I think the regular earnings per share is the most useful number to gauge the company. But doing so implies the company trades at 3 times earnings! How is that possible? Well, my impression is that the market uses the headline earnings as the gauge. A month ago the company pre-announced that its earnings this year would rise significantly over a year ago. The stock shot up 30%. However, two weeks later the company revised its pre-annoucement. It maintained its regular EPS but removed the associates' income from the headline earnings. The stock then dropped back to its previous levels. See the table below.

Official EPS Headline EPS Subsequent Price
2013 results 1.74 0.877.00
1st Pre-accouncement 2.40 1.509.00
2nd Pre-accouncement 2.400.867.35
2014 final results 2.480.867.35

The company also announced it will maintain its dividend, which is a 5% yield. And the stock trades at 56% of book with no long-term debt. I don't know why this stock hasn't doubled yet.

Tuesday, September 2, 2014

My 3rd Annual Schedule of Investments

I have written my blog for two years (!!) and once a year I list my largest holdings. So the following are my largest 13 holdings. Because I run a relatively concentrated portfolio, these stocks form the vast majority of my portfolio value. As a comparison, my last year holdings are here.

Position Category Business
Wellpoint (WLP) US Large capHealth insurance
McRea Industries (MCRAA) US MicrocapFootwear
Tachibana Eletech (TSE:8159) Japanese Small capElectronic Distributor
Seaboard Corp (SEB) US Mid capFood Conglomerate
Installux SA French microcapManufacturing
AIG (AIG) US Large capInsurance
Investor Title Insurance Company (ITIC) US Small capTitle insurance
Petsmart (PETM) US Large capPet retailer
Bruce Fund (BRUFX) Mutual fundMid-cap value
PutpropSouth African MicrocapReal estate
New Century Hong Kong (HK:0234) Hong Kong Small capHotel, cruise line
Hanover Foods (HNFSA) US Small capProcessed food
Philip Morris International (PM) US Large capTobacco

My largest positions are little changed. But I did trim my WLP and SEB positions, and I added to Tachibana during a dip.  In the last year, I continued my shift from large caps to small and microcaps. My new positions include Hanover Foods, ITIC, New Century HK and Putprop. Since I started moving from large caps to small caps two years ago, I have probably done more trades than the previous decade. I think I have a good mix now and I will trade a lot less in the coming year.

I am sure any reader is curious about my rate of return. My answer has always been: I don't know. Money flows into my accounts from paychecks and dividends. Money flows out for expenses and taxes. I can't keep track of it all. But I am not unhappy with anything on my list. If I was unhappy I would have sold it. And I did sell OiBr. I last sold it around $2 and it is $0.60 today! Whew, that was a close call. But still, OiBr is my biggest mistake of the last six years.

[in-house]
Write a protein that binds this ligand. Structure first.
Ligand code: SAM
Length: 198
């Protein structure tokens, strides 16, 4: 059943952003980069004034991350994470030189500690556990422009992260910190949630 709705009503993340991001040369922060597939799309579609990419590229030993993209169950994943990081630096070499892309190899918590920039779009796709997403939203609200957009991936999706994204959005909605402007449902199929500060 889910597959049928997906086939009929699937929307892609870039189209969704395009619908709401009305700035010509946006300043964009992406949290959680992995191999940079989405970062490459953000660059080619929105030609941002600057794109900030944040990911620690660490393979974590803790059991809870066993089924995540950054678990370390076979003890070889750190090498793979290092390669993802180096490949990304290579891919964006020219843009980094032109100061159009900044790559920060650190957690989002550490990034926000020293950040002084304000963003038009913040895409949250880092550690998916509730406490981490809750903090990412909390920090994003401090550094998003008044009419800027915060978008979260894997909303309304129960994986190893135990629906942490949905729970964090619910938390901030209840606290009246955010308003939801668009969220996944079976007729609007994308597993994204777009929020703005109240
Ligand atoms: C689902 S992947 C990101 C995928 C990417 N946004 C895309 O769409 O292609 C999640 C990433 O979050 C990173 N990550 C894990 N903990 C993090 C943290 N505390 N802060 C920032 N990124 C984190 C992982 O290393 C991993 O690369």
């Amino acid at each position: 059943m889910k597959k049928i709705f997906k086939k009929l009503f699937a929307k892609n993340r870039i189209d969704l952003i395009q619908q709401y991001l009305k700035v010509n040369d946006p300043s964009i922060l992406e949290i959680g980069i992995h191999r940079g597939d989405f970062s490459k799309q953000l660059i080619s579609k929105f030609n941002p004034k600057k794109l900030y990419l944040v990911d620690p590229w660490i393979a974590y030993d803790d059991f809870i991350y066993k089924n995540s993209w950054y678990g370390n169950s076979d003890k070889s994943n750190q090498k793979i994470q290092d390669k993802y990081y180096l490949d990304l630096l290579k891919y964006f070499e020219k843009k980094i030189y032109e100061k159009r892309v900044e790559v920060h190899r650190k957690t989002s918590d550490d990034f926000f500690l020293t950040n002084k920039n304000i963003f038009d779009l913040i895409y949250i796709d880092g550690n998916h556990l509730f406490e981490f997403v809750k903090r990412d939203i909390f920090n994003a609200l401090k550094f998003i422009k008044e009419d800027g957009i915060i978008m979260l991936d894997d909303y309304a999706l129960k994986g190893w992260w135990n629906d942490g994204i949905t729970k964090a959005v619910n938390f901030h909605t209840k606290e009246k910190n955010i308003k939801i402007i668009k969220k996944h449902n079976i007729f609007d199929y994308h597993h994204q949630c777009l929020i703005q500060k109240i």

I first bought OiBr 8 years ago and loved the 10% dividends as well as the stock appreciation. But three years ago I failed to follow the stock closely and didn't even notice the drop. It isn't trivial tracking a stock that merges multiple times, pay a 10% dividend and is denominated in Raeis. I also failed to notice the deteriorating economic situation in Brazil and BRIC's in general. Most importantly, I feel now that OiBr has inadequate corporate governance, but I didn't see that early on. This lack of care cost me. Since then, I have identified and corrected my errors in judgment with OiBr.  My investments of the past year reflect this.

I built up this list over many years. The stocks in the list appear to be an eclectic bunch from all corners of the globe. But there is a method to the madness. I focus mainly on profitable companies with great balance sheets; in other words, the best cigar butts. A reader would notice that my company writeups do not emphasize the company's operations or area of business. I purposely do this because I learned my lessons when bought stocks in the tech companies where I used to work. I found that the knowledge I gain about a business' products can easily make me overconfident about the company's future. So I don't spend my time reading too much into it anymore.

My research on a company focuses on the balance sheet and income statement. I use the simplest and most common accounting measurements. I am an engineer by profession, and in my work I always keep in mind a fundamental principle for any task: Keep It Simple and Stupid (KISS). You'd be amazed at how many practitioners in engineering and finance forget that. When an investor reads too much into some trend or data, he can easily put too much weight in conclusions based on information of little or no value.

It is for this reason that my investments and analysis may appear somewhat superficial. For example I compare companies mostly by the PE ratio. I feel no single metric gives so much information for lightly levered companies. And after the OiBr experience I will avoid capital intensive and highly levered companies. Leverage is simply too risky and too complex for me.

The lifetime of my blog has coincided with a raging bull market. But my investing approach isn't all about bull markets. When the next market correction comes, and it will, I think this blog will make even more interesting reading. But of course, I hope for the best, and I ask the market gods to give me another year like the last two!